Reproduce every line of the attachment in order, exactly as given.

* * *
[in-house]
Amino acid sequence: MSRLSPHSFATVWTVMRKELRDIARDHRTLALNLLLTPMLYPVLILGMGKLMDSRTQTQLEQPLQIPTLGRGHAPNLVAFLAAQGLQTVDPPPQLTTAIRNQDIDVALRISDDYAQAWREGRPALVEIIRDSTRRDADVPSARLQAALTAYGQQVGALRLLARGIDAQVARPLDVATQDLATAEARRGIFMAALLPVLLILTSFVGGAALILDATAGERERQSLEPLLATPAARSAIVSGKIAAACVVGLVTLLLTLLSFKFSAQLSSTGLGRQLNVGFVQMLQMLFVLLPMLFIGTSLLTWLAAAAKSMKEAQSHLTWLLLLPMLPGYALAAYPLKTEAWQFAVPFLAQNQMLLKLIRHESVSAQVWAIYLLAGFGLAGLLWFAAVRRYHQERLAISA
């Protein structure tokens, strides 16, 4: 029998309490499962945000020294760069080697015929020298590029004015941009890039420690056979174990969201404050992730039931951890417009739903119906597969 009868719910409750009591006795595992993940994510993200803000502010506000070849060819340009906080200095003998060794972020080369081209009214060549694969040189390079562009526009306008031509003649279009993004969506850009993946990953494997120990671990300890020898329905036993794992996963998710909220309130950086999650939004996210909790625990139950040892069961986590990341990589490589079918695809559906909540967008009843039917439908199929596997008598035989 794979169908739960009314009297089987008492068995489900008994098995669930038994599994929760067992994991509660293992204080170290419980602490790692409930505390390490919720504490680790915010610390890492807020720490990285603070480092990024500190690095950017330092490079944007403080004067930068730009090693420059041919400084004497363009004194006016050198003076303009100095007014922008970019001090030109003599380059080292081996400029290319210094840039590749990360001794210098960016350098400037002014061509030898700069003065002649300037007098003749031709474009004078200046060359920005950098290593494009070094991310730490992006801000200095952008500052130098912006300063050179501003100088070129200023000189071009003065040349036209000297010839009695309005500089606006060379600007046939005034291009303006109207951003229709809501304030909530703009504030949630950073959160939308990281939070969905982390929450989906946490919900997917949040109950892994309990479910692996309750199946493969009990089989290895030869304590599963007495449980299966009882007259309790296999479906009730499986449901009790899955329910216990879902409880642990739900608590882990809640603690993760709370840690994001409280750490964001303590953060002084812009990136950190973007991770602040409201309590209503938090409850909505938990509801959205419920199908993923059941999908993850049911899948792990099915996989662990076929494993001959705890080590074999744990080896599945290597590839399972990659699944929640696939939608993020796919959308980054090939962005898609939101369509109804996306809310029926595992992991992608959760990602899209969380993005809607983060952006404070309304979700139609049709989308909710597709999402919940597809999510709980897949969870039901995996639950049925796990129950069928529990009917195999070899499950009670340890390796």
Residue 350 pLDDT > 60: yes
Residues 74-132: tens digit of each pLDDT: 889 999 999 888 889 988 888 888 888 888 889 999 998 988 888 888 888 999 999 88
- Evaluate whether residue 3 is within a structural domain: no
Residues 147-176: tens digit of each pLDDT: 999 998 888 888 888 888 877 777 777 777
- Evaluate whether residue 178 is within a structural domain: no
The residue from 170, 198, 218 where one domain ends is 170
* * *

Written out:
[in-house]
Amino acid sequence: MSRLSPHSFATVWTVMRKELRDIARDHRTLALNLLLTPMLYPVLILGMGKLMDSRTQTQLEQPLQIPTLGRGHAPNLVAFLAAQGLQTVDPPPQLTTAIRNQDIDVALRISDDYAQAWREGRPALVEIIRDSTRRDADVPSARLQAALTAYGQQVGALRLLARGIDAQVARPLDVATQDLATAEARRGIFMAALLPVLLILTSFVGGAALILDATAGERERQSLEPLLATPAARSAIVSGKIAAACVVGLVTLLLTLLSFKFSAQLSSTGLGRQLNVGFVQMLQMLFVLLPMLFIGTSLLTWLAAAAKSMKEAQSHLTWLLLLPMLPGYALAAYPLKTEAWQFAVPFLAQNQMLLKLIRHESVSAQVWAIYLLAGFGLAGLLWFAAVRRYHQERLAISA
């Protein structure tokens, strides 16, 4: 029998309490499962945000020294760069080697015929020298590029004015941009890039420690056979174990969201404050992730039931951890417009739903119906597969 009868719910409750009591006795595992993940994510993200803000502010506000070849060819340009906080200095003998060794972020080369081209009214060549694969040189390079562009526009306008031509003649279009993004969506850009993946990953494997120990671990300890020898329905036993794992996963998710909220309130950086999650939004996210909790625990139950040892069961986590990341990589490589079918695809559906909540967008009843039917439908199929596997008598035989 794979169908739960009314009297089987008492068995489900008994098995669930038994599994929760067992994991509660293992204080170290419980602490790692409930505390390490919720504490680790915010610390890492807020720490990285603070480092990024500190690095950017330092490079944007403080004067930068730009090693420059041919400084004497363009004194006016050198003076303009100095007014922008970019001090030109003599380059080292081996400029290319210094840039590749990360001794210098960016350098400037002014061509030898700069003065002649300037007098003749031709474009004078200046060359920005950098290593494009070094991310730490992006801000200095952008500052130098912006300063050179501003100088070129200023000189071009003065040349036209000297010839009695309005500089606006060379600007046939005034291009303006109207951003229709809501304030909530703009504030949630950073959160939308990281939070969905982390929450989906946490919900997917949040109950892994309990479910692996309750199946493969009990089989290895030869304590599963007495449980299966009882007259309790296999479906009730499986449901009790899955329910216990879902409880642990739900608590882990809640603690993760709370840690994001409280750490964001303590953060002084812009990136950190973007991770602040409201309590209503938090409850909505938990509801959205419920199908993923059941999908993850049911899948792990099915996989662990076929494993001959705890080590074999744990080896599945290597590839399972990659699944929640696939939608993020796919959308980054090939962005898609939101369509109804996306809310029926595992992991992608959760990602899209969380993005809607983060952006404070309304979700139609049709989308909710597709999402919940597809999510709980897949969870039901995996639950049925796990129950069928529990009917195999070899499950009670340890390796």
Residue 350 pLDDT > 60: yes
Residues 74-132: tens digit of each pLDDT: 889 999 999 888 889 988 888 888 888 888 889 999 998 988 888 888 888 999 999 88
- Evaluate whether residue 3 is within a structural domain: no
Residues 147-176: tens digit of each pLDDT: 999 998 888 888 888 888 877 777 777 777
- Evaluate whether residue 178 is within a structural domain: no
The residue from 170, 198, 218 where one domain ends is 170